There's a chance—albeit a small one—that an unexpected feature of the Minnesota Vikings' beautiful new stadium will be concussions by not one but TWO species of animals.

There are two ways birds die when they collide with glass. They break their necks, and die sooner. Or, [they] suffer concussions, and, very often, die later

As has been intermittently reported since construction began on Minneapolis' U.S. Bank Stadium, animal rights activists and bird enthusiasts have been vocal about their concern over the five large glass doors that make up the building's west gate. Specifically that these large doors—which happen to be five of the largest glass doors in the world—and the glass surrounding them will be invisible to birds, reflect the background of their traditional habitat, and cause head-on collisions.

Up until now the concern mostly focused on the birds hitting the glass and dying on impact, but according to some Minnesota activists, there's a chance the birds could be flying into the glass, suffering concussions, then flying off injured to die elsewhere.

That's right: Birds, too, might be suffering concussions at the hands of the NFL.

Thankfully, so far, the Vikings' bird concussion epidemic seems unlikely. By the accounts of those who would know best, through all of the scrutiny from activist groups and concerned taxpayers and click-thirsty internet jerks like myself, to date it appears the Minnesota Vikings do not have a bird-crashing-into-their-stadium problem. As per Michele Kelm-Helgen, Chair of the Minnesota Sports Facilities Authority (MSFA):

"[The bird safety concerns] definitely came after our design was completed and done. We were very far along in that process. We're actually working with 3M—which is a local Minnesota company—that has done some films that have been used that have infrared qualities the human eye can't see it but [birds can].

First of all, we're not even sure we have a problem to be honest. I mean, [birds hitting the glass] is not something that really has been documented. But we're going to look at that and if we do [have a problem], we have some solutions that can be done after the fact.

Our whole design was centered around this clear [design]—you can see in, you can see out, you're connected to the city. The fritted glass that they were asking us to look [at], not only was the design basically done but it really changed the whole approach and the design intent of the building. So what we wanted to do is preserve that transparency but at the same time if we do have a problem, I think we have a solution that can be done after the fact."

It's easy to see why Kelm-Helgen is so protective of the original concept—the illuminating effect the glass doors and clear ETFE (ethene-co-tetrafluoroethene) roof give the stadium's interior is perhaps the structure's defining feature.

First of all, we're not even sure we have a problem to be honest. ... But we're going to look at that and if we do, we have some solutions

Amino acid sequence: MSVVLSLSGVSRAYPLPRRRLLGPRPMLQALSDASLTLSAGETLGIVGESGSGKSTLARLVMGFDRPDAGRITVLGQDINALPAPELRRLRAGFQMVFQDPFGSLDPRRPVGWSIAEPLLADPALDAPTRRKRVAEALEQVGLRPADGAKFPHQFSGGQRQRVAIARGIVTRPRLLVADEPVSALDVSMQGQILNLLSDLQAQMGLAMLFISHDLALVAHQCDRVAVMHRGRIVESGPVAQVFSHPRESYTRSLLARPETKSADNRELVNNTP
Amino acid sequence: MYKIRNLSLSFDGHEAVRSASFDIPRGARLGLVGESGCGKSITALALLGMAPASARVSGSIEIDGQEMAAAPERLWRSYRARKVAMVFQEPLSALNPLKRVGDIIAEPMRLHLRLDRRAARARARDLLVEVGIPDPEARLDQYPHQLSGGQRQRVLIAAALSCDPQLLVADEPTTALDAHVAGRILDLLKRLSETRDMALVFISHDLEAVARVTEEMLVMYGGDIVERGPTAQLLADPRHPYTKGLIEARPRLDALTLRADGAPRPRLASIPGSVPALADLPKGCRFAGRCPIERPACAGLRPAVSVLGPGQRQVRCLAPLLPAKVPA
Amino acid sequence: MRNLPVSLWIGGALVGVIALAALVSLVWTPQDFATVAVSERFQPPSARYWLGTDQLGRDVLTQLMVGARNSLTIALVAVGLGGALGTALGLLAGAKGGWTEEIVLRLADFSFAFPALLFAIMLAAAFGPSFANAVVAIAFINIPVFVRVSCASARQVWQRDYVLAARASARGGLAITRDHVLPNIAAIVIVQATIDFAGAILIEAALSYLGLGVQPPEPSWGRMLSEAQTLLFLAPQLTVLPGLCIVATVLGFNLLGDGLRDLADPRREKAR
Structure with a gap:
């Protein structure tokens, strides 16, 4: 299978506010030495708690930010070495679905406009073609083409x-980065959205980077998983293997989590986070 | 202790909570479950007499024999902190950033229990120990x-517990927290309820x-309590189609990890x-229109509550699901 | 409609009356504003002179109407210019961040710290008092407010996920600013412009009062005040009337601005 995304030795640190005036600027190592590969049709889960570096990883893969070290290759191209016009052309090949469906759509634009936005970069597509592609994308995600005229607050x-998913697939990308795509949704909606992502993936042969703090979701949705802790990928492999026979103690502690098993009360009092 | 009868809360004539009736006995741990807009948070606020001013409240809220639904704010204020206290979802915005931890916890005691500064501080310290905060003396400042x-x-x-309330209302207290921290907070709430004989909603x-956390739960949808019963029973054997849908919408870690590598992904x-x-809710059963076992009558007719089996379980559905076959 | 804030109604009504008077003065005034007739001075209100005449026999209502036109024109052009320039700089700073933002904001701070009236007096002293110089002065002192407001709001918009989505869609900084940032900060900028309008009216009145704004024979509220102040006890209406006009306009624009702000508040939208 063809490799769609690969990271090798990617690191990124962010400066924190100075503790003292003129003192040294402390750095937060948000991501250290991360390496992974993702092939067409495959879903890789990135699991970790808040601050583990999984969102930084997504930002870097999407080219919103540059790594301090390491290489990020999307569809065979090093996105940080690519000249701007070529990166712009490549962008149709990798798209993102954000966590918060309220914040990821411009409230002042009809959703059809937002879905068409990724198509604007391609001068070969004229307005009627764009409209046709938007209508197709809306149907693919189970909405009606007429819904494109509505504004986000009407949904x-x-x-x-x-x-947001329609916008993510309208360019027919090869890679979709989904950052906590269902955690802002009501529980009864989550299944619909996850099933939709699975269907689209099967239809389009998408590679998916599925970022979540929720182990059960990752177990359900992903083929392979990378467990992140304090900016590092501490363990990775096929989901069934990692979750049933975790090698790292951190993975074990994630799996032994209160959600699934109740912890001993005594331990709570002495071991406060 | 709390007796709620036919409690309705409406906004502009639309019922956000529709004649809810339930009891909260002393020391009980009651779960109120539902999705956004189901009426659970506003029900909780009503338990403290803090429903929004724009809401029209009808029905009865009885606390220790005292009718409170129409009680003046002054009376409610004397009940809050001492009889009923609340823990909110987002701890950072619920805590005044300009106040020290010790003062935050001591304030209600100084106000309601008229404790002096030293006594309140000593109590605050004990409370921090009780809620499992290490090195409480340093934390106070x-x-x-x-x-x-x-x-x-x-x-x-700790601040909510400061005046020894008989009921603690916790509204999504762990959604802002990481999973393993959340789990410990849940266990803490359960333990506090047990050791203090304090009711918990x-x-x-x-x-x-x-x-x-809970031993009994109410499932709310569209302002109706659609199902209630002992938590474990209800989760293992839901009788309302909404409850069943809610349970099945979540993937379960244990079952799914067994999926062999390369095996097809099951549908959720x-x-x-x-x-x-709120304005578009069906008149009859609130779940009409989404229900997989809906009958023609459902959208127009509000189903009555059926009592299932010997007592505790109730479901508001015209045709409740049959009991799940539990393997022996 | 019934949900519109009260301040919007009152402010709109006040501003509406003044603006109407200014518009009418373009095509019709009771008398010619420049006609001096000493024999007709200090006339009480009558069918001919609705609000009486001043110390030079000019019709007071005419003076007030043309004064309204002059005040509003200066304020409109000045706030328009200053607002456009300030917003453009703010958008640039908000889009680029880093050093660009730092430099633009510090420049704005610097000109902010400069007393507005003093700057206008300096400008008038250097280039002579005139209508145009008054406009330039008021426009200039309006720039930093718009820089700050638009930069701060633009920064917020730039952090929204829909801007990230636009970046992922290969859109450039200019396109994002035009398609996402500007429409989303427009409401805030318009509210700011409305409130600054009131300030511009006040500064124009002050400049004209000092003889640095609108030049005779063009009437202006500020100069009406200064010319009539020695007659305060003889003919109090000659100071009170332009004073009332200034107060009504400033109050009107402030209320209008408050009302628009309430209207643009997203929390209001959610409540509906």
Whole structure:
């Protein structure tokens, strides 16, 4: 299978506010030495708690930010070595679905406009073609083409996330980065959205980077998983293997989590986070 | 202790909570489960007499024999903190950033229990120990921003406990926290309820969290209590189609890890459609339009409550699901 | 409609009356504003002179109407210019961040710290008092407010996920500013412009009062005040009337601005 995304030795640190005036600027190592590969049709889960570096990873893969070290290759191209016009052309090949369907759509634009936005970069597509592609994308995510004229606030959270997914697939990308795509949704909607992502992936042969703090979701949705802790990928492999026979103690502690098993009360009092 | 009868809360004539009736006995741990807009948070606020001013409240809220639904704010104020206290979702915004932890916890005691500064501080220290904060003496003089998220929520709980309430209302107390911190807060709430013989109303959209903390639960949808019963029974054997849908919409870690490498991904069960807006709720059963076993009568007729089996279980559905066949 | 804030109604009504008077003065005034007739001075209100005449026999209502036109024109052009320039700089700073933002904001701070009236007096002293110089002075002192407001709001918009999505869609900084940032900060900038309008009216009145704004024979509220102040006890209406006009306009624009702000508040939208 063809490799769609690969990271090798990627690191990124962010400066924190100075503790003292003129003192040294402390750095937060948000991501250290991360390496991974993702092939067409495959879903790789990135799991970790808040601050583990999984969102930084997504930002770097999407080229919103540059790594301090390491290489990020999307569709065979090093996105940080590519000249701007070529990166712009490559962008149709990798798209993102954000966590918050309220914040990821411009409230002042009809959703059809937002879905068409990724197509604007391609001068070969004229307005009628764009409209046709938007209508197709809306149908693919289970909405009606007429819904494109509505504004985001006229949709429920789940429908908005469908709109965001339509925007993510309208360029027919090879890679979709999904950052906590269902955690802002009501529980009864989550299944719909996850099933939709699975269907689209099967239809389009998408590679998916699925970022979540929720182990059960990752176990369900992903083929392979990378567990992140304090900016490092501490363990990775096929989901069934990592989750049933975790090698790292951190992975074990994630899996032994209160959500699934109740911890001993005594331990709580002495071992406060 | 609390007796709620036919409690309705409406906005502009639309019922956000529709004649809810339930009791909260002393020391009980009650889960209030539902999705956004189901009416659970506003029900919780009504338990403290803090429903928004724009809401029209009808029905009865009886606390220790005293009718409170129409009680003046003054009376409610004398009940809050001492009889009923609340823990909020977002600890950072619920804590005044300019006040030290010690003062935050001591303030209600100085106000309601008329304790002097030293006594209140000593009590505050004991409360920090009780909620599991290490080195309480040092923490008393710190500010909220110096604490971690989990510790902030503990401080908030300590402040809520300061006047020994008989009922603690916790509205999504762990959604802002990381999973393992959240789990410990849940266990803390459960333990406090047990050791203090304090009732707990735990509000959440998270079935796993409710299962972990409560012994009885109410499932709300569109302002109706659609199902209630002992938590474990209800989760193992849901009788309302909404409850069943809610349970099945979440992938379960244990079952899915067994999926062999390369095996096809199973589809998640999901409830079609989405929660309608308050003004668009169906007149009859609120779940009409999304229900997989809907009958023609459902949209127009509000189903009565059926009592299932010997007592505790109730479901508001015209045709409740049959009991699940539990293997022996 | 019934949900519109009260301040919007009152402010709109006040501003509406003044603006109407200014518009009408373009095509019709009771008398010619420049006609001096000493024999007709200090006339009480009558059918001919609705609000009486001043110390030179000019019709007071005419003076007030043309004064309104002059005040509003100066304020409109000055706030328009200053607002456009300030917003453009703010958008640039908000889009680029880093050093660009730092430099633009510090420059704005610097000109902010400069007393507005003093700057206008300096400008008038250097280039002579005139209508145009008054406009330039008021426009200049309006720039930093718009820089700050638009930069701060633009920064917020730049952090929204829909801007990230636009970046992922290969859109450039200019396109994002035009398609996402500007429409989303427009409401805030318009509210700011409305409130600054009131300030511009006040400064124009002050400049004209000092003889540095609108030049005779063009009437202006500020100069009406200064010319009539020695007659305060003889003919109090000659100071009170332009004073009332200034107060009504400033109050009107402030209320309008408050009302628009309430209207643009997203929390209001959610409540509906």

I know this because the Vikings allowed me to personally tour the stadium, which opens in August, to see things for myself. The place is spectacular—on-the-field suites, multiple lounges including a fantasy football-specific lounge, a literal Viking ship out front with a mast that's also a projection screen, best-in-class WiFi...all the bells and whistles Viking first down horns you'd expect from a $1.1 billion building. It's amazing. If the original glass was replaced by fritted glass (a change the AP reported would cost more than $60 million), it would certainly impact the building's intended feel.

Image via Minnesota Vikings

As for the 3M film solution? Well, with Kelm-Helgen also saying the Vikings "aren't there yet" and "aren't sure yet" when it comes to pricing out such a large-scale infrared film installation, it's safe to say that's not something U.S. Bank Stadium will preemptively pay for. Though perhaps those around the team should be credited for finding a workable future solution while presently there remains little evidence of damage to local birds.

But—as Jim Williams wrote in a blog for the Minneapolis Star Tribune—perhaps bird concussions are the reason there is no evidence (Read: dead birds):

There are two ways birds die when they collide with glass. They break their necks, and die sooner. Or, the suffer concussions, and, very often, die later, after flying away. I’ll bet the Minnesota Vikings football team doesn’t know about the concussion part. 

You’d think that the Vikings, of all people in town, would understand concussions.

Shots fired, indeed. Williams goes on to say using bird-safe glass would only cost $1 million (a far cry from the reported $60 million) and calls the stadium "a glass killing zone for migrant birds." Which seems a bit extreme, especially considering the more measured stance the Minnesota Audubon Society took when I asked them to comment:

The MSFA, the Vikings, 3M and the Audubon Society continue to work together on preliminary tests of potential 3M bird-safe window film solutions. These efforts have been positive and collaborative, and we hope to have more information to share in the near future.

Still, measured or not, with somewhere between 365 million and 988 million birds killed every year in the U.S. alone from crashing into man-made structures according to 2014 research by the Smithsonian Migratory Bird Center and U.S. Fish and Wildlife Service, the bird safety debate is not one that should be taken lightly. As preposterous as it sounds, that's a million birds a DAY dying in the United States from hitting structures on the low end, and nearly a BILLION a year on the high end. That's a lot of dead birds.

Time will tell if U.S. Bank Stadium indeed is part of this nationwide bird collision problem. Money and technology will dictate how the organization responds to such a problem, if it exists.